Our theme for both linkups in January is Human Rights. In honor of Dr. Martin Luther King Jr. Day, which is celebrated in the US in January, think about your favorite books to share with children about the importance and the history of human rights and/or civil rights. (As always, the theme is only a suggestion. Diverse posts on alternate topics are always welcome.)
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Diverse Children’s Books is a book-sharing meme designed to promote the reading and writing of children’s books that feature diverse characters. This community embraces all kinds of diversity including (and certainly not limited to) diverse, inclusive, multicultural, and global books for children of all backgrounds.
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We hope this community will grow into a great resource for parents, teachers, librarians, publishers, and authors! Our next linkup will be Saturday, February 4th and on the first and third Saturdays of every month.
Our theme for the current month is Human Rights. Themes are a suggestion only; all diverse book posts are welcome. If you’re interested, you can start planning now for our upcoming themes.
- February 4th and 18th linkups: Love. Let’s spread our love of diverse books by sharing diverse books about love, families, and relationships.
- March 4th and 18th: Changing Seasons. As we eagerly await the beginning of Spring in the Northern Hemisphere and Autumn in the Southern, let’s share favorite books and resources on the seasons.
Most Clicked Post from Last Time
Our most-clicked post from last time was a review by Alex of Randomly Reading of Ashes, book 3 in Laurie Halse Anderson’s Seeds of America trilogy.
Given that our theme for the current month is Human Rights, I thought of sharing this picturebook published last year that is a potent reminder of our rights as people, as seen through the eyes of a tree in the courtyard.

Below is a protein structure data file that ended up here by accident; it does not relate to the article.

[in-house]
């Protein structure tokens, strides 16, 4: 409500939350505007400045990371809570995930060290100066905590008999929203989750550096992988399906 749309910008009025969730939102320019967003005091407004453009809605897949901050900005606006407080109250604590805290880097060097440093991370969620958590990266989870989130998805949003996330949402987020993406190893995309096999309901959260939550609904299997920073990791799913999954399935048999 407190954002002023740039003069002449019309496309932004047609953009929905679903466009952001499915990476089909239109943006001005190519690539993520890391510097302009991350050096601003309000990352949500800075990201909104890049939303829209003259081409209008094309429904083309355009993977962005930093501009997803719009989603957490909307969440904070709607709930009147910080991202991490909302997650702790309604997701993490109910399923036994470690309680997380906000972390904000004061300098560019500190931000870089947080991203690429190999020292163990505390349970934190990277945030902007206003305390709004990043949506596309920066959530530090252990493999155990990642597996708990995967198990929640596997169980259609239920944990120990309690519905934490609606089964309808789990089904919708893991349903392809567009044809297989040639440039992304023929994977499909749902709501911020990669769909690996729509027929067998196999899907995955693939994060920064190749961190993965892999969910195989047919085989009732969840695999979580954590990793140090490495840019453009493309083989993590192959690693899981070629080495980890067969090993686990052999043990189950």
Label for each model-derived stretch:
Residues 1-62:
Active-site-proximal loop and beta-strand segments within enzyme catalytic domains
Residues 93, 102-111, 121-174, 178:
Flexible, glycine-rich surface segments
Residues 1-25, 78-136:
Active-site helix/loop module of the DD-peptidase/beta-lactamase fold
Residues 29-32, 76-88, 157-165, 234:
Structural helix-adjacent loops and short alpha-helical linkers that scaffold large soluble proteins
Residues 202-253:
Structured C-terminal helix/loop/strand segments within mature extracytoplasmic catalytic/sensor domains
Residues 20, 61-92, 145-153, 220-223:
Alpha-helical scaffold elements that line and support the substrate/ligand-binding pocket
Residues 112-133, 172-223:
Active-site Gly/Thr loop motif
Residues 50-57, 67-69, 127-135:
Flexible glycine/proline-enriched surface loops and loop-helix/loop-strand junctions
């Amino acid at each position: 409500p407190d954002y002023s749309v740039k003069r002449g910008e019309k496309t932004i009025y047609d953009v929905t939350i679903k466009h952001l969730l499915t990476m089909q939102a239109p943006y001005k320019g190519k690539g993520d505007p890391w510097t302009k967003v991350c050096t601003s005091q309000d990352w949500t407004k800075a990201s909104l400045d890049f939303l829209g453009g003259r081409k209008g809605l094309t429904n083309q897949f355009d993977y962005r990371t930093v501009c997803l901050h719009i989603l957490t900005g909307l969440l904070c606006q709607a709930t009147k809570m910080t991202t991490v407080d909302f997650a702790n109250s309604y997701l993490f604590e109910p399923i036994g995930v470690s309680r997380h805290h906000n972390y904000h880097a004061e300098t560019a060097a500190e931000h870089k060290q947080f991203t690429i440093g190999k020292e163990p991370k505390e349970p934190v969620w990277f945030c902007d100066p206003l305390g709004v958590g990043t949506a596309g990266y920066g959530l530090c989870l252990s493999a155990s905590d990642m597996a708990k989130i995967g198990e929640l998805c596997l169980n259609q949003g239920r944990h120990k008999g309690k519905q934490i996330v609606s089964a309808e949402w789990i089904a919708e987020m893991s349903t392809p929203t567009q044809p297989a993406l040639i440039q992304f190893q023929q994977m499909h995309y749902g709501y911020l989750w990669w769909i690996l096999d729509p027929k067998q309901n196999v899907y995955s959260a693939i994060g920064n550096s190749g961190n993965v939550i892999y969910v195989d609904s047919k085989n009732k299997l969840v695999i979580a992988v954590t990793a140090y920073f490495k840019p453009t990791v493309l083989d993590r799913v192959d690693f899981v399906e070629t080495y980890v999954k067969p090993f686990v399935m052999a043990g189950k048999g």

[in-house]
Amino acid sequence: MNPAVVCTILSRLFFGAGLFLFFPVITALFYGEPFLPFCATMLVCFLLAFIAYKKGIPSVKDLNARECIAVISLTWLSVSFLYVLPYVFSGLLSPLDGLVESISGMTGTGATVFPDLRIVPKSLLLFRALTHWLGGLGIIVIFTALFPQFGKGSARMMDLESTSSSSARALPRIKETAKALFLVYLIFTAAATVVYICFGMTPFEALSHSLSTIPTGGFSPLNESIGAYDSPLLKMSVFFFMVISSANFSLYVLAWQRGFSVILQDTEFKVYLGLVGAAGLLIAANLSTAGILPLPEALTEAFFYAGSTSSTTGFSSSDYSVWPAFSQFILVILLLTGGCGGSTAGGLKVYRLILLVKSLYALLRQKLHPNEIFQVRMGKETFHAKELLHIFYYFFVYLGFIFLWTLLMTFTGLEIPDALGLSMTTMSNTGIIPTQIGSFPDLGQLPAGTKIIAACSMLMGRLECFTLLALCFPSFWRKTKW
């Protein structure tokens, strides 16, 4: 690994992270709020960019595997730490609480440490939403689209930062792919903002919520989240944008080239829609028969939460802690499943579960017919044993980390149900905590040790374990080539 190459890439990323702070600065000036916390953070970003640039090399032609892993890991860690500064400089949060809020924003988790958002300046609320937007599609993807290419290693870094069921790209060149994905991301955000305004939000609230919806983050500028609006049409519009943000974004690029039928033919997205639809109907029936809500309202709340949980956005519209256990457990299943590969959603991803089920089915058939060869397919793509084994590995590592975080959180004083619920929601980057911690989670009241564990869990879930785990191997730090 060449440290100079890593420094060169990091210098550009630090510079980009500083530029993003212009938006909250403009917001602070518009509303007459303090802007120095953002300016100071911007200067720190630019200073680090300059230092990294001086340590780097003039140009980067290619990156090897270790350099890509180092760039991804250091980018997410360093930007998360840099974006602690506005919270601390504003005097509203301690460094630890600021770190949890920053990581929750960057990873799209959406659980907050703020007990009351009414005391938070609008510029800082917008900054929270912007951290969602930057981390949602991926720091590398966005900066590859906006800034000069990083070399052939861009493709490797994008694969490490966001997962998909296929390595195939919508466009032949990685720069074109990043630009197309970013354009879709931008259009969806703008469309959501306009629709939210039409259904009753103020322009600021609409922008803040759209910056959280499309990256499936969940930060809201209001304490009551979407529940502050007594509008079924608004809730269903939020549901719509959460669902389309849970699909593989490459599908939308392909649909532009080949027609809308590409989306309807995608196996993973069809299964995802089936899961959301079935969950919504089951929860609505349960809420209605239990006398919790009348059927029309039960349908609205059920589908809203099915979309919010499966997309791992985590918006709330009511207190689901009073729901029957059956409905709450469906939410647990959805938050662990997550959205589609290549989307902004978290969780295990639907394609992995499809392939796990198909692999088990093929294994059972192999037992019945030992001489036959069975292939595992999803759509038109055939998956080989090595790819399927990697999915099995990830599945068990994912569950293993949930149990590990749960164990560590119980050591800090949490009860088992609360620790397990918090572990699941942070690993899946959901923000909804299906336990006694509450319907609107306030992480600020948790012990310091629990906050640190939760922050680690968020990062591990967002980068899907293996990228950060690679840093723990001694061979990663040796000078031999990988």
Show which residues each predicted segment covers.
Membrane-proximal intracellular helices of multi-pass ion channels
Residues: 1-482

The Tree in the Courtyard: Looking Through Anne Frank’s Window
Written by: Jeff Gottesfeld Illustrated by: Peter McCarty
Published by: Alfred A. Knopf, 2016
ISBN: 0385753977 (ISBN13: 9780385753975). Borrowed a copy from the Jurong West Public Library. Book Photos taken by me.
I love life story narratives that are told from an altered perspective. A few that comes to mind include The Cart That Carried Martin or My Uncle Emily, The Extraordinary Mark Twain According to Susy, Minette’s Feast among others.
In Jeff Gottesfeld’s powerfully-written picturebook, The Tree in the Courtyard, having lived a rich life of 172 years, is given voice as it is shown to reach skyward in the very building where Anne Frank and her family hid from the Nazis.
While Anne Frank’s story has been told countless of times before, I felt that this one highlighted a rooted witness to the atrocities that happened during this young girl’s life that will not fail to move any reader, no matter how jaded or cynical.
It also seemed particularly fitting, because I never realized just how vital a role this tree played in Anne Frank’s life, serving as a symbol for her captivity, hopeful dreams, and link to an outside world that she has been deprived of at such a young age. I was also especially touched by these lines:
By the end of the century, the tree had lived a full life. She was ready to die.
Many strangers came to try to save her. They injected her with medicine. They trimmed her crown and cut sprouts from her trunk.
They built her a steel support and collected her seedpods like gold coins.
The tree recalled how few had tried to save the girl.
Peter McCarty is also a revelation for me here, having known his works in Jeremy Draws a Monster, Chloe, and Henry in Love. All these earlier titles are pretty light-hearted, humorous, and childlike in nature. I am glad that it was his thoughtful, sepia-toned lines that illuminated this heartfelt story of Anne Frank’s tree.
The Afterword also indicated how this aging tree’s saplings have been planted at quite a number of American locations that are said to “notable in the quest for freedom and tolerance.” I believe, now more than ever, we need to plant seeds of kindness, acceptance, and courage around the world. Definitely a quiet, beautiful story that you should add to your libraries.
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